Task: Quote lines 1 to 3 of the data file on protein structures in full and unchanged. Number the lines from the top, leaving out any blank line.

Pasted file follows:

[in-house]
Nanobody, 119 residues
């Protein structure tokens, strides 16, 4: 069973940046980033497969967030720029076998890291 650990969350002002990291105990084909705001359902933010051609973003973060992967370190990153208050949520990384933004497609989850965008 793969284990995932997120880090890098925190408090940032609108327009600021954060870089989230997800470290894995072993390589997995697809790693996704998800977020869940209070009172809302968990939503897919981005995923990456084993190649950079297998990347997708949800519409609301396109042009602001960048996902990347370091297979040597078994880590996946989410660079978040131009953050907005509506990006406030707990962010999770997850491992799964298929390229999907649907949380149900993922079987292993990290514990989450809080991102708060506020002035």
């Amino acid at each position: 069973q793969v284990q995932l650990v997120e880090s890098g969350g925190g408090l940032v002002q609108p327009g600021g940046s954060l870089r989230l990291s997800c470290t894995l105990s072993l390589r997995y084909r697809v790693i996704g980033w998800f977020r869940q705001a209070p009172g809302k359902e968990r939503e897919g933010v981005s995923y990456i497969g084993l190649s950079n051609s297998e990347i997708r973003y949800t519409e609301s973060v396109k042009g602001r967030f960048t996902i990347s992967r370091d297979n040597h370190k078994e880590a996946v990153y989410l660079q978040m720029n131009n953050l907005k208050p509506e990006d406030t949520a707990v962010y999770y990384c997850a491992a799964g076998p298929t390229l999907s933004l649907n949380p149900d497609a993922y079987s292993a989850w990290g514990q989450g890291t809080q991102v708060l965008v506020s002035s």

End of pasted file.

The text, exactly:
[in-house]
Nanobody, 119 residues
């Protein structure tokens, strides 16, 4: 069973940046980033497969967030720029076998890291 650990969350002002990291105990084909705001359902933010051609973003973060992967370190990153208050949520990384933004497609989850965008 793969284990995932997120880090890098925190408090940032609108327009600021954060870089989230997800470290894995072993390589997995697809790693996704998800977020869940209070009172809302968990939503897919981005995923990456084993190649950079297998990347997708949800519409609301396109042009602001960048996902990347370091297979040597078994880590996946989410660079978040131009953050907005509506990006406030707990962010999770997850491992799964298929390229999907649907949380149900993922079987292993990290514990989450809080991102708060506020002035």